With an erratic, desperate Trump still in charge, military brass worry — and make plans to avert disaster

WASHINGTON — As an angry mob stormed the barricades of the U.S. Capitol on Wednesday afternoon, sending lawmakers and their staffs fleeing for their lives, the government was temporarily paralyzed by confusion over who was in charge. The Capitol Police and the mayor of Washington, D.C., pleaded for help from the National Guard, but the Pentagon was reluctant to respond after criticism over deploying troops against protesters in Washington last summer.

Finally Vice President Mike Pence, from a secure, undisclosed location where he took shelter with leaders of Congress, reached out directly to acting Defense Secretary Christopher Miller and Joint Chiefs Chairman Mark Milley. National Guard troops from neighboring states were activated, but by then the Capitol building had been overrun.

Protesters gather outside the U.S. Capitol Building on January 06, 2021 in Washington, DC. (Tasos Katopodis/Getty Images)
Protesters outside the U.S. Capitol on Wednesday. (Tasos Katopodis/Getty Images)

Missing in action at that critical moment on one of the darkest days in U.S. history was the commander in chief. President Trump had explicitly summoned his supporters to Washington for a “wild” time, and then fired them up with a bellicose speech at the Ellipse and sent them marching toward the Capitol, where a joint session was convening to count the Electoral College votes that would give the presidential election to Joe Biden. Afterward Trump retreated to the White House to watch his handiwork play out on television. Close aides pleaded with him to call off the mob and come to the defense of the seat of government that his oath of office required him to defend.

Those critical hours on the afternoon of Jan. 6, 2021, when senior political and military officials tacitly acknowledged with their actions that the chain of command had been broken at the top, reveal the great peril the nation still finds itself in from an increasingly erratic and borderline delusional commander in chief. It is reminiscent of the final days of another unstable president — Richard Nixon — when Defense Secretary James Schlesinger instructed uniformed military leaders to check with him before executing any direct orders from the commander in chief involving nuclear weapons.

“In light of the storming of the Capitol building by Trump supporters, enough doubt has now been cast on the competence and fitness of the president that I’m sure the question is being asked whether a ‘Schlesinger’-type check is necessary,” retired Marine Corps Gen. Anthony Zinni, former commander of U.S. Central Command, told Yahoo News. “Before they execute any order that comes directly from President Trump in the next 13 days, the Joint Chiefs chairman and combatant commanders will first want legal verification that it is a lawful order, because they can disobey an illegal order.”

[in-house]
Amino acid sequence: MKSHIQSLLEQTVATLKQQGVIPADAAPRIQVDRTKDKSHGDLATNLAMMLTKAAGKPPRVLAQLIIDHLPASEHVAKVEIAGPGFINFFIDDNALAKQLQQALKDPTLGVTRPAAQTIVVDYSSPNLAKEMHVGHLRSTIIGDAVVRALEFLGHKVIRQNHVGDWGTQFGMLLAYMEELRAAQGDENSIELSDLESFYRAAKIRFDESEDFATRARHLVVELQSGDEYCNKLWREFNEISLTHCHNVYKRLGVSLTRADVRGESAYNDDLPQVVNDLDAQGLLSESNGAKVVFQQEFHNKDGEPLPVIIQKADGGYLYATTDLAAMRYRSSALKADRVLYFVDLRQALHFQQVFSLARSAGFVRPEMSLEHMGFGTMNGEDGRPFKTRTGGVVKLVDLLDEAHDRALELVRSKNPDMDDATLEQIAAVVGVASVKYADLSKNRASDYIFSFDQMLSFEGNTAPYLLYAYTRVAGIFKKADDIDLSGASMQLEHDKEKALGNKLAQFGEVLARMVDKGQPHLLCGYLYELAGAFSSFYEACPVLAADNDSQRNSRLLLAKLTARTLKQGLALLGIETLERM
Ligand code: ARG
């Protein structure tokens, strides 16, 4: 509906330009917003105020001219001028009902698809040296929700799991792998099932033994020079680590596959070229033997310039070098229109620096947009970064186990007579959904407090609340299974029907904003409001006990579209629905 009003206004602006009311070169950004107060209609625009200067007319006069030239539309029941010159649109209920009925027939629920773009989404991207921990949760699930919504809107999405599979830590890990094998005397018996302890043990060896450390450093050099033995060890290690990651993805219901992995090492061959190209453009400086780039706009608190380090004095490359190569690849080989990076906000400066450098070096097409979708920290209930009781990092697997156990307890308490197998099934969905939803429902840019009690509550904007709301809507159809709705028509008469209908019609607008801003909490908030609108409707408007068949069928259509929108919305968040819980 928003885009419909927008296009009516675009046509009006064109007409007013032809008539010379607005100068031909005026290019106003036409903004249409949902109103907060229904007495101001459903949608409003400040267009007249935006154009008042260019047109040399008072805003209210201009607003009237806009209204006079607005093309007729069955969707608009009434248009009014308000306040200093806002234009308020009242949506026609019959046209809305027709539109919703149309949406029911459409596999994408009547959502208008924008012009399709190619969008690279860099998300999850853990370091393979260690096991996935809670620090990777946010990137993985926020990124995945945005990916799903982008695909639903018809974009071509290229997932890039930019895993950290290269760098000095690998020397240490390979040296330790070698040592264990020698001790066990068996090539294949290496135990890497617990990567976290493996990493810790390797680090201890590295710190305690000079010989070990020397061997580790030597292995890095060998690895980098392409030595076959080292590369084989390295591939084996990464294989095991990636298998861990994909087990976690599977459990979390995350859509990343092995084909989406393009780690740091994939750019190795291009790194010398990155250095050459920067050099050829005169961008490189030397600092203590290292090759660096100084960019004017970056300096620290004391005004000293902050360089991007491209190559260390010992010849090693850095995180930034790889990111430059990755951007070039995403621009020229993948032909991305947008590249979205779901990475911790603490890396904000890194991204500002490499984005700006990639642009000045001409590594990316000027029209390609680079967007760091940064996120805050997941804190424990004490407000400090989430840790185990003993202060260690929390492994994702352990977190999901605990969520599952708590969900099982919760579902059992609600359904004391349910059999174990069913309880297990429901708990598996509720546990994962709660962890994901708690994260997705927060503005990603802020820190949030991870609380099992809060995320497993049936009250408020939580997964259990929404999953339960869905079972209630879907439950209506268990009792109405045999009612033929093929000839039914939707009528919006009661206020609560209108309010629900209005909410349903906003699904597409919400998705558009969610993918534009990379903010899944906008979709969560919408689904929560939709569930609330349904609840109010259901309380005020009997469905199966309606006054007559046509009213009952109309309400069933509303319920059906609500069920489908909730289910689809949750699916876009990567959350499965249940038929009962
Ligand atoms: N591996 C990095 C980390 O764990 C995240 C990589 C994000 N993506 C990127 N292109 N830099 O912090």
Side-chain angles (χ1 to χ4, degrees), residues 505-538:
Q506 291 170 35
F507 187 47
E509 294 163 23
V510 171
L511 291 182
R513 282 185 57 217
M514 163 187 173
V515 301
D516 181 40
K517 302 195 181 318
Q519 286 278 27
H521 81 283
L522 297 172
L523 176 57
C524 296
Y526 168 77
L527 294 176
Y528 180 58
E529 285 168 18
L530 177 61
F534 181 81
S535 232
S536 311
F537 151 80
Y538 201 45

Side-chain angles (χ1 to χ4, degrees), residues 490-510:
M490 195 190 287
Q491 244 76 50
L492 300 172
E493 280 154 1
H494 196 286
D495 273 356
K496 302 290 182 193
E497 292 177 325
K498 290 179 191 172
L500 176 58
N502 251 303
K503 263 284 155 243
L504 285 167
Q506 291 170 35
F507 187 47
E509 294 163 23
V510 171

In fact, the question was raised by House Speaker Nancy Pelosi, who called Milley on Friday to discuss precautions to prevent Trump from accessing the nuclear launch codes.

Speaker of the House Nancy Pelosi (D-CA) takes questions from reporters during a press conference on Capitol Hill a day after a pro-Trump mob broke into the U.S. Capitol Building while Congress voted to certify on Thursday, Jan. 7, 2021 in Washington, DC. (Kent Nishimura / Los Angeles Times via Getty Images)
House Speaker Nancy Pelosi at a press conference on Thursday. (Kent Nishimura/Los Angeles Times via Getty Images)

Gen. John Kelly, Trump’s former White House chief of staff, added his voice to a chorus of political leaders on Capitol Hill calling for invoking the 25th Amendment to immediately remove Trump from office and put the levers of power — including the one that controls the military — out of his reach.

“Throughout his tenure, but especially since losing the election in November, President Trump has proven himself dangerously erratic and volatile, talking with advisers about invoking the Insurrection Act and declaring martial law to rerun the election, and provoking his supporters into that shameless scene we saw at the Capitol this week,” said former Defense Secretary Chuck Hagel. Along with every other living former secretary of defense, from both Republican and Democratic administrations, Hagel felt alarmed enough about Trump’s behavior to recently sign a letter calling for a peaceful transition of power to the incoming Biden administration, and insisting that the U.S. military has no role in determining the outcome of U.S. elections.

“By all accounts Trump is angry and increasingly isolated in the White House, with many of his top staff either resigning or thinking about resigning, to include Cabinet officials and his deputy national security adviser and national security adviser, which suggests that he is in a very unstable mindset and not taking counsel from anyone,” said Hagel. “Remember that he is still the commander in chief of the armed forces, with immense powers, and no one can now be sure what this president is capable of. That’s a very dangerous situation.”